This is my story about my separate encounters with the whale sharks (Tagalog: butanding) of Donsol, Sorsogon and Oslob, Cebu. Let me be clear, however, that I am not a diver. Heck, I don’t even know how to swim.
The photos and videos you are about to see were taken with me holding my waterproof camera. In Donsol, I took the courage to dive into the water and float by the surface of the water in my life vest and snorkel. In Oslob, I remained in the boat and contented myself with dipping my camera into the water, hoping to get a good shot of whatever went on underneath the surface.
The glory of waiting in Donsol
We heard the excited stories of the first few groups who went whale shark watching a day before us. So with brimming anticipation, we headed out to the sea after the initial briefing from the representatives of Donsol and DENR.
We were not supposed to dive in until our guide tells us so. After about an hour of waiting, we saw other groups diving into the water. We were too far from where they were, so we had to wait for our own chance when the whale sharks head our way. At that moment, I knew I was going to see my first whale shark that day. Swimming skills be damned!
I kept checking and re-checking my camera if it’s working fine, taking test shots from time to time. Finally, on the first “sighting”, our guide asked us to sit by the side of the boat and prepare to jump the second he says, “jump!” No hesitations, he said. Otherwise, we would miss the rare opportunity to see the butanding.
But alas, it was a false alarm. This happened three more times. Three of us from the group of four didn’t even bother to go back to our seats anymore, choosing to stay by the side of the boat and jump when the signal is given. At some point, after a little over three hours of waiting and going around the water, one of my colleagues said we have to go back because she badly needed to pee.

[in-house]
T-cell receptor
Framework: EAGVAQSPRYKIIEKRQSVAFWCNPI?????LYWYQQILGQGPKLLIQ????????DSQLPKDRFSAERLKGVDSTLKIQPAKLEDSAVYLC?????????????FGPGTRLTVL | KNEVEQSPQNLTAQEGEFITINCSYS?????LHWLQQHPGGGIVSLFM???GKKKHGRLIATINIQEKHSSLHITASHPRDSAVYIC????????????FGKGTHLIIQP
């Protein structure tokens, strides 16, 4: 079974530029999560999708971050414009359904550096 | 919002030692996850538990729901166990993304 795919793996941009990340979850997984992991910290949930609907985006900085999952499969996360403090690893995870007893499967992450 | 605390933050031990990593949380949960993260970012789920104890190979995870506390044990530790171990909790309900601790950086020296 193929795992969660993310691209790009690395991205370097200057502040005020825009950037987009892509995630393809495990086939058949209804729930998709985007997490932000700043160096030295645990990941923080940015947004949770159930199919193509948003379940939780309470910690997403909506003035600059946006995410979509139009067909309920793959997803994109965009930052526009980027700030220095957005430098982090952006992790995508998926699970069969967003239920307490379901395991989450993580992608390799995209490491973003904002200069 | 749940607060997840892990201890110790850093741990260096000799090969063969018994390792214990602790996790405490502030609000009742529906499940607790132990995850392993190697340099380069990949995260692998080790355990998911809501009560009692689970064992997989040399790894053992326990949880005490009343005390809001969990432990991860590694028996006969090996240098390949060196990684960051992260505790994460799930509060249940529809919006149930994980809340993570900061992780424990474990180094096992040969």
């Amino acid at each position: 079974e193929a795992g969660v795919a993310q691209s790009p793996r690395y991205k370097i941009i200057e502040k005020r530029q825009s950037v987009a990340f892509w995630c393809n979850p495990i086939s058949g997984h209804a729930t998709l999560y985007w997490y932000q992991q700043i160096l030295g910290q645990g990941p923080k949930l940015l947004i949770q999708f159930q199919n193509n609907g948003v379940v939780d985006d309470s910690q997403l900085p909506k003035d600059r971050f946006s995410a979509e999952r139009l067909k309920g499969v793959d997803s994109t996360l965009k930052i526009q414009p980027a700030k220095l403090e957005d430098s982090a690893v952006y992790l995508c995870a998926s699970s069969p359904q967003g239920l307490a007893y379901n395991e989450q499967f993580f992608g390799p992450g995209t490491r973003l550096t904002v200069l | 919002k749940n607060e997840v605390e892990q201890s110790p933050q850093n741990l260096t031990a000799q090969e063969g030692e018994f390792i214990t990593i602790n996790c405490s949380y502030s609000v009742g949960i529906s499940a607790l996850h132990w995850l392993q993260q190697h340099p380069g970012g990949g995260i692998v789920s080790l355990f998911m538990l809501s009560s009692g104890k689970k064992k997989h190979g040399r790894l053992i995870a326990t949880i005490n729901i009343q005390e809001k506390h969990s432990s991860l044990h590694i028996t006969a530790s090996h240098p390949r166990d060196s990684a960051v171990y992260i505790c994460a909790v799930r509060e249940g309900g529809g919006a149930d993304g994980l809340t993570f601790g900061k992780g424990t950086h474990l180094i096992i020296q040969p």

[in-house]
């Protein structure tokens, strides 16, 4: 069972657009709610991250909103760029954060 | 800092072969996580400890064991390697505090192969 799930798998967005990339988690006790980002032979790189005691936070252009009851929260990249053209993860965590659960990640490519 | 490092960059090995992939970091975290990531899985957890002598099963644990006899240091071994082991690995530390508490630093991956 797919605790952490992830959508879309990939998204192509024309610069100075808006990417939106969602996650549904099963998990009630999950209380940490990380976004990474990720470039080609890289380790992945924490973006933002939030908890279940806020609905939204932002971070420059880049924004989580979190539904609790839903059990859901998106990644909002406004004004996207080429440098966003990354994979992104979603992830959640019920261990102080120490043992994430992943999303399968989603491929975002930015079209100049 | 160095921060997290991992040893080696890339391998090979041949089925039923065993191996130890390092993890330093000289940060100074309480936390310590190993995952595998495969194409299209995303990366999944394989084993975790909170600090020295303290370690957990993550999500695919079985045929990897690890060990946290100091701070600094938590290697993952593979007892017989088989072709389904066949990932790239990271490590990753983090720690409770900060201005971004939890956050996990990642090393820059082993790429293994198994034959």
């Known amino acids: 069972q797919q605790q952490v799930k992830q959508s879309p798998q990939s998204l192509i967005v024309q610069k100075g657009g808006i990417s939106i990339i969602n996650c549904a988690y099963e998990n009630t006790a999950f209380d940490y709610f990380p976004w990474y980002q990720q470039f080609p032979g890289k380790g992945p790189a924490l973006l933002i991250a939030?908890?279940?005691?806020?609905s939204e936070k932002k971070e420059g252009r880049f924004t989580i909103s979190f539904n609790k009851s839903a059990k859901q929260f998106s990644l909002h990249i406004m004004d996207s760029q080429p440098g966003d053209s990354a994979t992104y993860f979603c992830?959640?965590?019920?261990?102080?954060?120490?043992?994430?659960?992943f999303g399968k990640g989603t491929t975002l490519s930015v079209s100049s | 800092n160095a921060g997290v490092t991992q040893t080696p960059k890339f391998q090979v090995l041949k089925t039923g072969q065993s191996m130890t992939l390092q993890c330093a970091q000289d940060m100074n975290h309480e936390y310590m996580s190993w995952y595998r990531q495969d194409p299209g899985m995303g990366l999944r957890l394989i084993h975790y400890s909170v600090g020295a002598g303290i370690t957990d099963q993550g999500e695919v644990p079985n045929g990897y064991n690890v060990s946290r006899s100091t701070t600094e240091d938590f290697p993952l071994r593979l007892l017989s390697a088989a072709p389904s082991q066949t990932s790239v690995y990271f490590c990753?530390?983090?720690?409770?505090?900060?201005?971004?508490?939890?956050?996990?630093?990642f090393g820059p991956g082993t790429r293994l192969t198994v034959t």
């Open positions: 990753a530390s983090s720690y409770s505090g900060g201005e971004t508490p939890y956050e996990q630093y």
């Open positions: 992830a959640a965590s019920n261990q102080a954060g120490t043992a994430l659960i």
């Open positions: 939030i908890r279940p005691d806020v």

Someone asked me if we should go back, and I firmly said “No. We won’t go back until we see even just one whale shark. We waited this long, we will wait longer until we’re told that our time is up.” And wait we did, with the sun now almost directly above us.
Near the fourth hour, all our enthusiasm were beginning to sink. We were exhausted, thirsty and hungry. Even I was ready to give up. Besides, we have already exceeded the allotted time that we paid for. But our guide, bless him, remained willful for us. We probably looked so kawawa with our amateurish gear and ignorance of what we were supposed to encounter.
And then it came. On the fourth hour, we saw its tail bobbing up the surface. Our guide waited, we had no idea for what. We were like hungry predators ready to jump into the water. Finally, when our guide shouted, “jump!”, they all jumped, except me. The loser that I was missed the cue by half a second, so I jumped in last. You can sense the confusion in the video below, and then on the 46th second the whale sharked appeared.